Hackers help stock traders earn 'up to $100m' in illegal profits

Group of nine charged with insider trading based on hacked information found in unreleased press statements

Tags: CaterpillarCyber crimeHPHome Depot (www.homedepot.com)USAUkraine
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Hackers help stock traders earn 'up to $100m' in illegal profits The traders apparently paid the hackers a portion of the profits
By  Tom Paye Published  August 12, 2015

US investigators announced yesterday that charges had been brought against nine stock traders and hackers who allegedly made as much as $100m from using stolen information to trade.

The US-based traders reportedly paid Ukrainian hackers to access corporate press statements before they were published. The traders apparently paid the hackers a portion of the profits that resulted from the insider trading.

Up to 150,000 press releases from leading newswires were thought to have been accessed before they were published, prosecutors said. The information related to firms including Caterpillar Inc., Hewlett-Packard Co., and Home Depot Inc., among others, Reuters reported.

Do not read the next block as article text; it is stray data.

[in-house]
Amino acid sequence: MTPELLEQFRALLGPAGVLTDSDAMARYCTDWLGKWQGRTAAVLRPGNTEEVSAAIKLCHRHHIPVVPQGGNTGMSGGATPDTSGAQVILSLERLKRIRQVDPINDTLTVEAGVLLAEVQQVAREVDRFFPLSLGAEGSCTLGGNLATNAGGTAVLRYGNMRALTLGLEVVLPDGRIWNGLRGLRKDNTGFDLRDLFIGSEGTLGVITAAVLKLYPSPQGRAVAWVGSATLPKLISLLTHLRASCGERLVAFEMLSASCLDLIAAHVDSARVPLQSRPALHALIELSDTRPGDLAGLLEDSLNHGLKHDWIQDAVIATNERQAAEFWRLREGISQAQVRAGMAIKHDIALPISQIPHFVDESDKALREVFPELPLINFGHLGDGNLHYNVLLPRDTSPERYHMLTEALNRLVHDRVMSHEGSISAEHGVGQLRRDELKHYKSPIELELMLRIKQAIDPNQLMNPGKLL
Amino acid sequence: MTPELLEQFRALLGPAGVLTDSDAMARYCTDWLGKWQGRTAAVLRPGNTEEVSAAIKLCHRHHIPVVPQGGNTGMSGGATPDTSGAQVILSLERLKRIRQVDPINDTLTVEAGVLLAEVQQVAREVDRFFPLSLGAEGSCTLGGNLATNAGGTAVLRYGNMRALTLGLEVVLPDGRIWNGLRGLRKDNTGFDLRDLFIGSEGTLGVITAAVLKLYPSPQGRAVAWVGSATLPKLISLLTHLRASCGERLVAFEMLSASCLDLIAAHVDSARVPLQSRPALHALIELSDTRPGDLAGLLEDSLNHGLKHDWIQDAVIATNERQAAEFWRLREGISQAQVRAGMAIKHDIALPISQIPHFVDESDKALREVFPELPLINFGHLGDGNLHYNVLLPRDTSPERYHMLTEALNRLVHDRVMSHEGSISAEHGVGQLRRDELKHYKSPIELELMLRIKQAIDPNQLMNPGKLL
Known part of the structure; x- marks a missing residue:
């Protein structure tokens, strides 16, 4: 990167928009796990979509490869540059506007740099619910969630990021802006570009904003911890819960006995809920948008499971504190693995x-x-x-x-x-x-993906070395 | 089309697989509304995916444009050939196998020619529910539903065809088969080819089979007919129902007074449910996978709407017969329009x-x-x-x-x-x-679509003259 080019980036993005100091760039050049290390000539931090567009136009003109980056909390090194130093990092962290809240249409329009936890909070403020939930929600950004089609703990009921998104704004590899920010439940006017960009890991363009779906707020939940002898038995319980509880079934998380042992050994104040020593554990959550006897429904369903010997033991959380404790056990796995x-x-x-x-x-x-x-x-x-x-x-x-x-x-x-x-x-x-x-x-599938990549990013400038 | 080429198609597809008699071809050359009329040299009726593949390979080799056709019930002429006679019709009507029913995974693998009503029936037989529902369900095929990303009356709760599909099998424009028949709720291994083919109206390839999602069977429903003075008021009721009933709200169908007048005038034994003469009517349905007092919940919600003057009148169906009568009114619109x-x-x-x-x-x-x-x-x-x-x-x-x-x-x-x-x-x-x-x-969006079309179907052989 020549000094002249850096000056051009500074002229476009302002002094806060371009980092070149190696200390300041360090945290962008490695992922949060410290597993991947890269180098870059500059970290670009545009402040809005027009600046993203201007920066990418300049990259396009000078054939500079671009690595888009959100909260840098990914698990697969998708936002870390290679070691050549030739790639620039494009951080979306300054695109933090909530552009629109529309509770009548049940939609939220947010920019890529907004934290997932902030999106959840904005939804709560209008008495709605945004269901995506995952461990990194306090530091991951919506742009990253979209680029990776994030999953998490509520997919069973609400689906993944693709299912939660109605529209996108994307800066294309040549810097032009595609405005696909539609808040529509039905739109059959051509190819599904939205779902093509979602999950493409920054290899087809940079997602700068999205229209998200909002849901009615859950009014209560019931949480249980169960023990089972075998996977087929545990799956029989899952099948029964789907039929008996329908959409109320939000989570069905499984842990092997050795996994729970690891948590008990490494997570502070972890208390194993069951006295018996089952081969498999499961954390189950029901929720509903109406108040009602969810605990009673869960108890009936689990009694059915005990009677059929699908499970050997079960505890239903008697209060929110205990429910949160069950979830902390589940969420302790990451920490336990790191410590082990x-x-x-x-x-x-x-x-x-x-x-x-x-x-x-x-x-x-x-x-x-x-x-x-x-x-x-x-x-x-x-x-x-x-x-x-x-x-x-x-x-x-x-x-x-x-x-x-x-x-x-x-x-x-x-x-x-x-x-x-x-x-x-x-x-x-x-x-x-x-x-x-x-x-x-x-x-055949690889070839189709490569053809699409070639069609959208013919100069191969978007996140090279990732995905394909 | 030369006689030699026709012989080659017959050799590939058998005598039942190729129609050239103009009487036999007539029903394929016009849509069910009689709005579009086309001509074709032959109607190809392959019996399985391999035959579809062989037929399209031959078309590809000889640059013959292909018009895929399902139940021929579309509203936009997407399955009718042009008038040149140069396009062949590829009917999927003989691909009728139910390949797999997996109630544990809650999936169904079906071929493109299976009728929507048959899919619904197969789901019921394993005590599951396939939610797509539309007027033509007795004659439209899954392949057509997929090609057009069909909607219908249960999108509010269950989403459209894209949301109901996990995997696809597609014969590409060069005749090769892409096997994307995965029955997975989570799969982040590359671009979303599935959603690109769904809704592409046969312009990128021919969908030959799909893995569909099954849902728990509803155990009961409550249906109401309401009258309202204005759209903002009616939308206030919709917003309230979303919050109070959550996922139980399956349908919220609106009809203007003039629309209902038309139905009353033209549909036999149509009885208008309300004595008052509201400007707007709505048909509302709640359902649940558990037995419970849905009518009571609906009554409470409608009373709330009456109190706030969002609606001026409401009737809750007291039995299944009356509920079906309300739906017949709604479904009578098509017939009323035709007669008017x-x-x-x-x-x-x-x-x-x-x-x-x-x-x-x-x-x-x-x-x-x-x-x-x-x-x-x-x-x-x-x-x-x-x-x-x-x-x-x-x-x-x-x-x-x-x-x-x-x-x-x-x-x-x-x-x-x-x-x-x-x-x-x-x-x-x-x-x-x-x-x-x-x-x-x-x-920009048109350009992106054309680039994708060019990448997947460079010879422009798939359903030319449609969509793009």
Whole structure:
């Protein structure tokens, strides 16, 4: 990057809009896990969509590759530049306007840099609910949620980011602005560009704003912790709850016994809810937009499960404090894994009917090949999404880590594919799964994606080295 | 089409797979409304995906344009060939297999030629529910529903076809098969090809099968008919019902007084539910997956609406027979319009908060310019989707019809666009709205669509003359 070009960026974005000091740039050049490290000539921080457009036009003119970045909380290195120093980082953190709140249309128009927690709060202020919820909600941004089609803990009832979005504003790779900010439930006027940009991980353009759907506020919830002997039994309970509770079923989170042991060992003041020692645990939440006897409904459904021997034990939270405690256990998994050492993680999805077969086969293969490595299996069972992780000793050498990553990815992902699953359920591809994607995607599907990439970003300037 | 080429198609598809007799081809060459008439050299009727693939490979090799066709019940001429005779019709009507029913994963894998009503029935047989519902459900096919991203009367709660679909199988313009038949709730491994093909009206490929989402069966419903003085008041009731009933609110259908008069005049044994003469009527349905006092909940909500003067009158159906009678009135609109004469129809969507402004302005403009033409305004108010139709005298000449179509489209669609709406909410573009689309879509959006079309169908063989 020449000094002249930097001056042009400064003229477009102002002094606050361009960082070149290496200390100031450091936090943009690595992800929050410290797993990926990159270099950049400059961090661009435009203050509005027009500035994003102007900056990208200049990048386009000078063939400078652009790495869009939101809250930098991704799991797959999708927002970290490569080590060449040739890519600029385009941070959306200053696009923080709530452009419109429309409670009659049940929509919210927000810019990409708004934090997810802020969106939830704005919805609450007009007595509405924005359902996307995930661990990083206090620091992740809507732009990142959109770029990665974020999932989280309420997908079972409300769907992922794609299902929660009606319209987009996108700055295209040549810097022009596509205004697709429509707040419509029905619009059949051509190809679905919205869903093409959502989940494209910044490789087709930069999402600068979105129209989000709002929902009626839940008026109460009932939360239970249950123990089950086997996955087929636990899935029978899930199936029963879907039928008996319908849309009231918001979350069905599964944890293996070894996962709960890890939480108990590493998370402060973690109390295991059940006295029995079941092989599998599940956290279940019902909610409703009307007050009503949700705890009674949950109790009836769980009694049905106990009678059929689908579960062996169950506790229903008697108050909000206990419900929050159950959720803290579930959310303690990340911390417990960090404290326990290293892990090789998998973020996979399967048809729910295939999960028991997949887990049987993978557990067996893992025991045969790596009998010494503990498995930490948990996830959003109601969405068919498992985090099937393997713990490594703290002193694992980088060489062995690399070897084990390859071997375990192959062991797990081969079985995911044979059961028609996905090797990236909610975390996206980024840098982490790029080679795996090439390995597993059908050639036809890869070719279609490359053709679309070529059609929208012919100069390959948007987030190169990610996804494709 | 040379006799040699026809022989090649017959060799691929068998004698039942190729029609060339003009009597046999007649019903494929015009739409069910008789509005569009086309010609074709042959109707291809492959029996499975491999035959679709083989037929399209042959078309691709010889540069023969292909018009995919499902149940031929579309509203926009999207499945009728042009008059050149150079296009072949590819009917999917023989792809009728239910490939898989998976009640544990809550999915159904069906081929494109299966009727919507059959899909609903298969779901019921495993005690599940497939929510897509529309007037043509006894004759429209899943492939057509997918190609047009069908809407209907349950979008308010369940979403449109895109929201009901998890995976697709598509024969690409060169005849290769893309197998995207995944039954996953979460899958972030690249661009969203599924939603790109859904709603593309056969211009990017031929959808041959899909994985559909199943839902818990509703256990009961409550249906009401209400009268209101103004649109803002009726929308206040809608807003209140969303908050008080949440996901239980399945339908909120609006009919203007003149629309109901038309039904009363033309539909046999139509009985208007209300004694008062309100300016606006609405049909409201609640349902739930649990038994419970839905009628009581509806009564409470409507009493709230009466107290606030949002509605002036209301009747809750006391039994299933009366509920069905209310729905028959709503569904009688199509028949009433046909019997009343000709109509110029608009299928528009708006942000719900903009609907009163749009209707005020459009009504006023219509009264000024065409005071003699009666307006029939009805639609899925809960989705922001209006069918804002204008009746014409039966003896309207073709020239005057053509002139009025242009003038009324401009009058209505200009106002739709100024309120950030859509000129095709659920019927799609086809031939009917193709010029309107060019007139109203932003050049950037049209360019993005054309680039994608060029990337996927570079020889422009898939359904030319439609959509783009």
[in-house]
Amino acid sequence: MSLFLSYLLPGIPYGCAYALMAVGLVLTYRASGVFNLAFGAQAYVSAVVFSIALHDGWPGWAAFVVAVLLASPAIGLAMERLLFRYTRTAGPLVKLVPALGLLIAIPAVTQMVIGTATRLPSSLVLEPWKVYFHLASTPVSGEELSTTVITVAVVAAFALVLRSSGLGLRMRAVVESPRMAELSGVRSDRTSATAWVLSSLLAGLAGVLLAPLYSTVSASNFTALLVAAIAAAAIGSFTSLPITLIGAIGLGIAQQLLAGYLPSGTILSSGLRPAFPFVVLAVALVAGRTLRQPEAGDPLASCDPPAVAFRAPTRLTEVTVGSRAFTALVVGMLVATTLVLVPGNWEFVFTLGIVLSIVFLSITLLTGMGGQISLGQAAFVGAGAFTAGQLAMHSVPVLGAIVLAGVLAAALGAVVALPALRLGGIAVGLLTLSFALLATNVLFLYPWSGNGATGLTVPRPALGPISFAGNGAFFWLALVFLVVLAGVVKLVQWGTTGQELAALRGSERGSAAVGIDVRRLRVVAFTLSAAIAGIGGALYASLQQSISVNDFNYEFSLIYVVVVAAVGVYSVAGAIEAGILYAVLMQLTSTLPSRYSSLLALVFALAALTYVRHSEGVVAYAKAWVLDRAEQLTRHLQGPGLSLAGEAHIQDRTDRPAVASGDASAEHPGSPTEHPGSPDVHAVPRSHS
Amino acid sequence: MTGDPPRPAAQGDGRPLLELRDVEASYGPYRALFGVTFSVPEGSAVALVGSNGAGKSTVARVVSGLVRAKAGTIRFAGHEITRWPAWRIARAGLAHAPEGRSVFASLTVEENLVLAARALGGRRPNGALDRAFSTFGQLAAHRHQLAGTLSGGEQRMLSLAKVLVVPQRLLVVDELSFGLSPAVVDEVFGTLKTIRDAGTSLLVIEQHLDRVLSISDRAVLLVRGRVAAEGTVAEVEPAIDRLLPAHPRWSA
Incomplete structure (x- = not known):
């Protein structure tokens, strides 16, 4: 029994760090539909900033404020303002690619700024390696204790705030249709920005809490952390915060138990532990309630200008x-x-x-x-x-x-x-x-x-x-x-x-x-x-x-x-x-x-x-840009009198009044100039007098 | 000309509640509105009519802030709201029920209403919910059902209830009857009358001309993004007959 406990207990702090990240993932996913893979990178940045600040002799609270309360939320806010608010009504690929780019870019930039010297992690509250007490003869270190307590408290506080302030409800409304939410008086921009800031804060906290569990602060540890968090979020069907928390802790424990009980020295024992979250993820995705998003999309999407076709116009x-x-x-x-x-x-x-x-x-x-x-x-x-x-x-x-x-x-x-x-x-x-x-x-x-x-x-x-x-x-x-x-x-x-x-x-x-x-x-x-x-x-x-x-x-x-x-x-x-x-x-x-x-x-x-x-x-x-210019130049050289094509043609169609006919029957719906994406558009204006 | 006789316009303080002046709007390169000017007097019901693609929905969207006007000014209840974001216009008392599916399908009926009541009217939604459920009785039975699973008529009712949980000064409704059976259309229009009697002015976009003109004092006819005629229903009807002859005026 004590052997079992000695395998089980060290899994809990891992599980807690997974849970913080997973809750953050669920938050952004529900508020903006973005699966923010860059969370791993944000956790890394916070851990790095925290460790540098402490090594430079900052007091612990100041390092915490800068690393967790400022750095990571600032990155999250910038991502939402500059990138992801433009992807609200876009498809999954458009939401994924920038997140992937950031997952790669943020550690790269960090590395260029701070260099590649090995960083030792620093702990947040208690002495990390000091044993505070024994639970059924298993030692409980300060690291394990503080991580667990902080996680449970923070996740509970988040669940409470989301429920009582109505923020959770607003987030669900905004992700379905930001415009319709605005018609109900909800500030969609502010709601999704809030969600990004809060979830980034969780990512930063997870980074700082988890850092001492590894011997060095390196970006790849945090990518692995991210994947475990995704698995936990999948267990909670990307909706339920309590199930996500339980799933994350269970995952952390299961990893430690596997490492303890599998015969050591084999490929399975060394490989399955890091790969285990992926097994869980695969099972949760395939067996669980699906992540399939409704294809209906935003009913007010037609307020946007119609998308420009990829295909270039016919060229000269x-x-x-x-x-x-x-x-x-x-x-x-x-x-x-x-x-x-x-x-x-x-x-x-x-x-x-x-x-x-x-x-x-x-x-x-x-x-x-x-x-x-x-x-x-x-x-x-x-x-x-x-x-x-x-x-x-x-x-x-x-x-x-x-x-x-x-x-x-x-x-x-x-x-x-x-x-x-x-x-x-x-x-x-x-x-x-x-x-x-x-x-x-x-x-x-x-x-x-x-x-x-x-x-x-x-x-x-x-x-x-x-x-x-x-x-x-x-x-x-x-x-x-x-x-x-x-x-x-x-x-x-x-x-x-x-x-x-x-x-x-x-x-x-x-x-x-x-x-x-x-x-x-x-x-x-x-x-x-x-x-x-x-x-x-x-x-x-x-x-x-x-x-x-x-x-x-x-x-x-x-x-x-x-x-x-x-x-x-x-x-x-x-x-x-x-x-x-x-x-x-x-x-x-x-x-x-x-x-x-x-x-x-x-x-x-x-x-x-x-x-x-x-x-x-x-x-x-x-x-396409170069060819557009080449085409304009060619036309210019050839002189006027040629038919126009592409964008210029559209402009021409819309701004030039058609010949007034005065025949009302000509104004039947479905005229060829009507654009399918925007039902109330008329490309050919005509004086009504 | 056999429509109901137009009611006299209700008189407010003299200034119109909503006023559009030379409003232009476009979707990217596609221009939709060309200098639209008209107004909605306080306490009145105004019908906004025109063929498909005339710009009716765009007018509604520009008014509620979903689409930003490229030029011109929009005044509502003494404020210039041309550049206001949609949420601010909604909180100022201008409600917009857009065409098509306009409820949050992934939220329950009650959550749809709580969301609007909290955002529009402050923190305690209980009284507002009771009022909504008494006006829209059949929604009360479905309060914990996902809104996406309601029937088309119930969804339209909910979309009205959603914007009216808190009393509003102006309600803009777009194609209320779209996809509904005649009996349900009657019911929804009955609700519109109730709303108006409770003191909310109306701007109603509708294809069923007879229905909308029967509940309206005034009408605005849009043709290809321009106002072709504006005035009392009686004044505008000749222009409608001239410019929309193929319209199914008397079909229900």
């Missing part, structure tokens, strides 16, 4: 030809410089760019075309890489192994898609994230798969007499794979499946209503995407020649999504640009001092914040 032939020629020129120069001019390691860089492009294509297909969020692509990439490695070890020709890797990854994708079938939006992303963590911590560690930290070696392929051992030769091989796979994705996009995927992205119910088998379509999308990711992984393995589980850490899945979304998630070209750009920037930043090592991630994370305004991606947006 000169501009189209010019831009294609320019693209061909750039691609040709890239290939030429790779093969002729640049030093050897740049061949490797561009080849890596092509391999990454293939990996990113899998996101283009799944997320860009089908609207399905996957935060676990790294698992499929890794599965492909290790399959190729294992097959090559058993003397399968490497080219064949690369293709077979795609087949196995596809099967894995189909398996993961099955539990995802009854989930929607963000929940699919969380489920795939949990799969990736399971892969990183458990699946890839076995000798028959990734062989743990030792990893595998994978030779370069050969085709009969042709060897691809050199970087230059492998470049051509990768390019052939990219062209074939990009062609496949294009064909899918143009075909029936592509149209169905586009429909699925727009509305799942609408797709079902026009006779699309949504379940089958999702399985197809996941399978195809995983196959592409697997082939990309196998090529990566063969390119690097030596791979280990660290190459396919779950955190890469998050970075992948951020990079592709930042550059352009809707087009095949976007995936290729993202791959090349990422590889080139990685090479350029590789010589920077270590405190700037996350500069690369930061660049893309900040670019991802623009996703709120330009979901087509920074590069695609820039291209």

US investigators said that this was a classic securities fraud case with a modern twist.

"This is the story of a traditional securities fraud scheme with a twist - one that employed a contemporary approach to a conventional crime," said Diego Rodriguez, FBI assistant director-in-charge.

The hackers were reportedly given ‘shopping lists' of companies that the traders wanted inside information on. After the information had been secured, the hackers created video tutorials that would help the traders access the files.

Reuters said that five of the gang were arrested yesterday, while international arrest warrants were issued for the others.

The US authorities said that this incident was the latest evidence that hackers are becoming more advanced, and urged companies with sensitive information to take the necessary precautions to protect themselves.

"This case illustrates how cyber criminals and those who commit securities fraud are evolving and becoming more sophisticated," said Paul Fishman, a US Attorney in New Jersey.

"The hackers were relentless and they were patient."

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